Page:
Mark Headd recently published an excellent post on applying the principles of microservice architecture to the infrastructure of civic tech.
I think the idea there is fundamentally correct and quite important. However, one paragraph and image in the post bothered me immediately and my brain has been gnawing at it ever since. Since a couple thoughts finally solidified this morning, I wanted to outline them here.
Here’s the paragraph that bothered me:
The centerpiece of this approach is not a government open data portal, but rather a centralized hub for routing requests and controlling access to different microservices – essentially, a reverse proxy. Governments would manage this new civic tech infrastructure by managing access to different resources through this proxy.
The idea of inserting a government-managed piece of infrastructure handling all routing and access control seems really problematic to me, purely on an architectural basis, especially given that it must handle things across many different local, state and federal governments as well as civic tech companies, non-profits and volunteers. Not only is it potentially a performance bottleneck, it is almost guaranteed to be an innovation bottleneck. In a way, the idea of a central hub that does all that itself violates microservices principles.
If we tease out the specific functions that this central connector needs to play, I think we come up with three key pieces: discovery, routing and access control. Without any claim to having thought through it all systematically, I want to briefly explore how we might address each of these pieces through separate, smaller services.
I’d begin by arguing that we can drop routing from the requirements entirely – as long as endpoints are expressed as standard URLs, we can leave it up to the existing internet infrastructure to handle the routing.
Next, the vast majority of civic tech infrastructure services are publicly available and so they don’t need access control so much as a way to authenticate identity for non-anonymous access, perhaps in order to regulate usage. This is easily accomplished using a rich array of standard authentication services, including OpenID and a large number of Oauth providers like Facebook, Github, Google, Microsoft, etc. As a best practice, civic tech endpoints should support several – modern tools make this easy to do. Where needed, true access control for non-public (internal or specially authorized) users requires additional functionality, but arguably should still be implemented as an external micro-service using standard protocols.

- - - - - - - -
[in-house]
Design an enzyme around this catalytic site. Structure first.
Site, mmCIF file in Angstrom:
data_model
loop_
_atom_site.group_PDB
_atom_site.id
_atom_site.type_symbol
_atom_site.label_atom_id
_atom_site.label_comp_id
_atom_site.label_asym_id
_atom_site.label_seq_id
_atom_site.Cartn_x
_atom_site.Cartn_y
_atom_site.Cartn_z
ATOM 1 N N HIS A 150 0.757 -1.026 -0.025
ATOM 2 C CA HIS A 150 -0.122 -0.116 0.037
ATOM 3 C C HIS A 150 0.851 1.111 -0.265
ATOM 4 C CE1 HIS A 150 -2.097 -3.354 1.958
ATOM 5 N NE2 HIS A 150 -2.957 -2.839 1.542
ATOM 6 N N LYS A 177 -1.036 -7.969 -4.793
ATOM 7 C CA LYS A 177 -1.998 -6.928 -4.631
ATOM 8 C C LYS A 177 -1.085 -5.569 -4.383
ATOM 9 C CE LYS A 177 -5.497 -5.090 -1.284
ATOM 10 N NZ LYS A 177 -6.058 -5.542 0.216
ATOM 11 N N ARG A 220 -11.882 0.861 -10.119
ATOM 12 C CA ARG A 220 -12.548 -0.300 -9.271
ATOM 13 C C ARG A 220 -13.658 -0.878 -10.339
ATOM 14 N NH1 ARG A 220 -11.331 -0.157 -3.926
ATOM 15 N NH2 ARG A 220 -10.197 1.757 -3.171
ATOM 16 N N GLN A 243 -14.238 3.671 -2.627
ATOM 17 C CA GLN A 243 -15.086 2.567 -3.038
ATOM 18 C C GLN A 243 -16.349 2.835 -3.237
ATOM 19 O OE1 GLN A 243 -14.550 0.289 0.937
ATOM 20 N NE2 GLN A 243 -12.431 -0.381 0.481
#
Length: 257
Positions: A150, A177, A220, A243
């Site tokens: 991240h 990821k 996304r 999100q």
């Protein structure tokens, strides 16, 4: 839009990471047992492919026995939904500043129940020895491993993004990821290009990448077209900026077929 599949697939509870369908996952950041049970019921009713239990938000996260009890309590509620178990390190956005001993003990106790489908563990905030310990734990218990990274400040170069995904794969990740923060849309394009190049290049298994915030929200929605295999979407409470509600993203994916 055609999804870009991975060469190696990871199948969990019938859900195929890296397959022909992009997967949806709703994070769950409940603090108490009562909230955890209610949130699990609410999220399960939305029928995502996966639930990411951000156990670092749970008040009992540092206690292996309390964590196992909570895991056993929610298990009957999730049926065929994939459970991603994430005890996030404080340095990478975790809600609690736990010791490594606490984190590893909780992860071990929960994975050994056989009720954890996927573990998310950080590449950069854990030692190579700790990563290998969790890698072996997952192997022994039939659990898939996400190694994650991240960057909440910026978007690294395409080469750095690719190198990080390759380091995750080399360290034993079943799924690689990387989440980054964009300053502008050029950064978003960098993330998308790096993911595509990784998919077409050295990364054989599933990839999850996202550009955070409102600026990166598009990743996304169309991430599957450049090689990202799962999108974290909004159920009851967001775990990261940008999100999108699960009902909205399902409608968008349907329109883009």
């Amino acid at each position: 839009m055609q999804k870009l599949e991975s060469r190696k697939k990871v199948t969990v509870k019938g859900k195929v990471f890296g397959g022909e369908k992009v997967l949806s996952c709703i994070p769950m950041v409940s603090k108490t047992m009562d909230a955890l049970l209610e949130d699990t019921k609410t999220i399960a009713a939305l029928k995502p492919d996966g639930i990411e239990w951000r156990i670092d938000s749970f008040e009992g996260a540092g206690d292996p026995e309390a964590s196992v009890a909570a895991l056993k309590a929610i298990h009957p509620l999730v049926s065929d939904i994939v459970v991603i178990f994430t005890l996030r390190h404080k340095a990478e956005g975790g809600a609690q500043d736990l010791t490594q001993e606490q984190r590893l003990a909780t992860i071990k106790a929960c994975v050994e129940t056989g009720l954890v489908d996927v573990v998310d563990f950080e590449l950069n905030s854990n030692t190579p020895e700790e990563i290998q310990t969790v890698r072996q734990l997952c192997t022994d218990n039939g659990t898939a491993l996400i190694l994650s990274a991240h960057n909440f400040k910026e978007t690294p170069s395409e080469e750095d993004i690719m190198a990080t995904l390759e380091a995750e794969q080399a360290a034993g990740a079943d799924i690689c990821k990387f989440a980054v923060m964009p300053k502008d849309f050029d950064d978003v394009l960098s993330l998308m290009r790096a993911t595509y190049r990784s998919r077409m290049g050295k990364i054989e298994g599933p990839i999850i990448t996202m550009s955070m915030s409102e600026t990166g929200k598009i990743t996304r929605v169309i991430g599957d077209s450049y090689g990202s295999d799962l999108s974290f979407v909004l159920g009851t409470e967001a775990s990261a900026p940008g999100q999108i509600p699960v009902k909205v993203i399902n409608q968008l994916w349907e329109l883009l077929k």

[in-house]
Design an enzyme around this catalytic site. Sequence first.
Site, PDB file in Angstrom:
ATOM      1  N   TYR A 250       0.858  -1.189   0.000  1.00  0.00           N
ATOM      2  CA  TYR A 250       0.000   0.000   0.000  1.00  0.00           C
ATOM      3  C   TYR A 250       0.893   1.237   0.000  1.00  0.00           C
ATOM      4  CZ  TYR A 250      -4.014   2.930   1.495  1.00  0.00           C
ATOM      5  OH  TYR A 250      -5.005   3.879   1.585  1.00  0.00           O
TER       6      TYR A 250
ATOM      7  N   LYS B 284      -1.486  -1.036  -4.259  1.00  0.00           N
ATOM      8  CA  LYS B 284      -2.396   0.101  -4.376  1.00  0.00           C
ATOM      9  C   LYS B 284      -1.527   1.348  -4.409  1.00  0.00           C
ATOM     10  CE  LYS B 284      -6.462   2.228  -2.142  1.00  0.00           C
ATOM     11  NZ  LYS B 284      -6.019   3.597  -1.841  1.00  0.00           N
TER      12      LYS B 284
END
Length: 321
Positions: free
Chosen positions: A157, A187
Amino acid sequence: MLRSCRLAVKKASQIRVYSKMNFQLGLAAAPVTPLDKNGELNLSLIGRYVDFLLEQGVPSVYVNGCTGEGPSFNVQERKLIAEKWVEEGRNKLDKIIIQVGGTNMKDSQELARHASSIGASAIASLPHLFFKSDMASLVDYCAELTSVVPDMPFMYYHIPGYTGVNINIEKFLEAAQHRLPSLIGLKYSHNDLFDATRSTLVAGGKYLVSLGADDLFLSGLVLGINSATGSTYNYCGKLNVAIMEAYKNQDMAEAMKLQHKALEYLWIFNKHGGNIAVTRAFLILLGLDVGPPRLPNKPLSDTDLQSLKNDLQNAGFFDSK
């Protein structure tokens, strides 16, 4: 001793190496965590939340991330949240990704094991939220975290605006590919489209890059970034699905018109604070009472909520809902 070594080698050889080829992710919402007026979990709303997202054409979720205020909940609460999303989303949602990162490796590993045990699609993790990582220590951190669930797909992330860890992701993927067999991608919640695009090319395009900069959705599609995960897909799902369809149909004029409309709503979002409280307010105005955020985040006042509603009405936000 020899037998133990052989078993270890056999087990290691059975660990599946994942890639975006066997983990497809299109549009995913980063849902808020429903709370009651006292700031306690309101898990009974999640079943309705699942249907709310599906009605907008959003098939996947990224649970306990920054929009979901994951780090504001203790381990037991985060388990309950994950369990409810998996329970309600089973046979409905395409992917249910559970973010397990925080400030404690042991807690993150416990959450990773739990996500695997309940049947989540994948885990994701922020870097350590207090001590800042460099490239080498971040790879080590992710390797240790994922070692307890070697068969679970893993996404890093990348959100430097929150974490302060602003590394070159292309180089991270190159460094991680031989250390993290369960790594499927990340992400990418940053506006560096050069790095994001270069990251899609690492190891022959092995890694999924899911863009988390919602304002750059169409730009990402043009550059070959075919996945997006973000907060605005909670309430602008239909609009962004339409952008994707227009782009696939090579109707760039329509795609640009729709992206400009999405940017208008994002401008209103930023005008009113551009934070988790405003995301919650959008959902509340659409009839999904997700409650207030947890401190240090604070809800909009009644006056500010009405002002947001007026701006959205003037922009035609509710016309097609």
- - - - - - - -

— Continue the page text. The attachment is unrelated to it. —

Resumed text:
Finally, my main aha! moment this morning was about endpoint discovery. It occurred to me that we have a rather nice model for this already in the npm software package manager. What is interesting about the model is that it offers a centralized repository for resources without requiring centralized coordination of the contributors of those resources. Although originally developed specifically to deliver Node.js modules, npm has expanded to become a much more general tool for delivering assets needed by software projects.
I suspect we could actually create a functioning civic tech services registry today using an npm repository.
From the standpoint of a developer of a civic tech service that needs to leverage other services, npm makes it easy to list dependencies and have needed artifacts installed automatically, accounting for any version requirements. What is installed might be as simple as a JSON file with the endpoint URL and information about the protocols and standards the endpoint implements. Or it might include software that delivers functionality ranging from simple connection management to analytics to full-on embeddable interactive applications.
If we also standardize on some set of expected civic tech-related fields in the package file, we could enable quite sophisticated endpoint discovery. We might, for example, query the registry for all endpoints that provide a particular type of data or all endpoints within a specific geographic area. Such queries aren’t necessarily supported by npm right now, but it provides an underlying functionality over which additional tools can be built.
I’ll end this here since my goal is not so much to argue for the specific solutions I’ve outlined as to spur further conversation and, ideally, help make it possible to realize the vision presented in Mark’s post sooner rather than later.
One thought on “Some Thoughts on Mark Headd’s Thinking Small Post”